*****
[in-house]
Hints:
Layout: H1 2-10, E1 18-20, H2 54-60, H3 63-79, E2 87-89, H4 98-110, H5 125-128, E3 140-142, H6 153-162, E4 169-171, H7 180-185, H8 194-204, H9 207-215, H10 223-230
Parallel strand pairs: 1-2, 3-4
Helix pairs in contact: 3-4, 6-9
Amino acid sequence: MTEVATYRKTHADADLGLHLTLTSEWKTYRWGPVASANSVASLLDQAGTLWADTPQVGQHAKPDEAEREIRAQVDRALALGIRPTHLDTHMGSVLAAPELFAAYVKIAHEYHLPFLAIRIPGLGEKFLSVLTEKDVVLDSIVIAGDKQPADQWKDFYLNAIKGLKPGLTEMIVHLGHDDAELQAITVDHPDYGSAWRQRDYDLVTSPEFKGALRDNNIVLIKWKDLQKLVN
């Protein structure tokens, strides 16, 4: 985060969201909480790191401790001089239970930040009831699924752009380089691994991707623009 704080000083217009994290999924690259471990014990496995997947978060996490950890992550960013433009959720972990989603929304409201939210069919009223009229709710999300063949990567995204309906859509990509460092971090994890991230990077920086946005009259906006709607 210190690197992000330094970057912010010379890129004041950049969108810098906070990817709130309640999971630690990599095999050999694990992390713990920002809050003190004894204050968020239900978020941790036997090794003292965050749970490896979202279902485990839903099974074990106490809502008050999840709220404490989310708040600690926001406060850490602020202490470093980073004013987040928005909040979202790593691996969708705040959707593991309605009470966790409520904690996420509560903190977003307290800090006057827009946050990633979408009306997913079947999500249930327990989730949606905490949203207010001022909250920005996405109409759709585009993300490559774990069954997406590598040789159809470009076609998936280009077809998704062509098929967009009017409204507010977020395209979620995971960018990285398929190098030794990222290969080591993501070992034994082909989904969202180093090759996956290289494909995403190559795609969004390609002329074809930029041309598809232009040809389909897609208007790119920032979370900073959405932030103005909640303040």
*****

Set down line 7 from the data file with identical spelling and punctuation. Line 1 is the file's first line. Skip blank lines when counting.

């Protein structure tokens, strides 16, 4: 985060969201909480790191401790001089239970930040009831699924752009380089691994991707623009 704080000083217009994290999924690259471990014990496995997947978060996490950890992550960013433009959720972990989603929304409201939210069919009223009229709710999300063949990567995204309906859509990509460092971090994890991230990077920086946005009259906006709607 210190690197992000330094970057912010010379890129004041950049969108810098906070990817709130309640999971630690990599095999050999694990992390713990920002809050003190004894204050968020239900978020941790036997090794003292965050749970490896979202279902485990839903099974074990106490809502008050999840709220404490989310708040600690926001406060850490602020202490470093980073004013987040928005909040979202790593691996969708705040959707593991309605009470966790409520904690996420509560903190977003307290800090006057827009946050990633979408009306997913079947999500249930327990989730949606905490949203207010001022909250920005996405109409759709585009993300490559774990069954997406590598040789159809470009076609998936280009077809998704062509098929967009009017409204507010977020395209979620995971960018990285398929190098030794990222290969080591993501070992034994082909989904969202180093090759996956290289494909995403190559795609969004390609002329074809930029041309598809232009040809389909897609208007790119920032979370900073959405932030103005909640303040």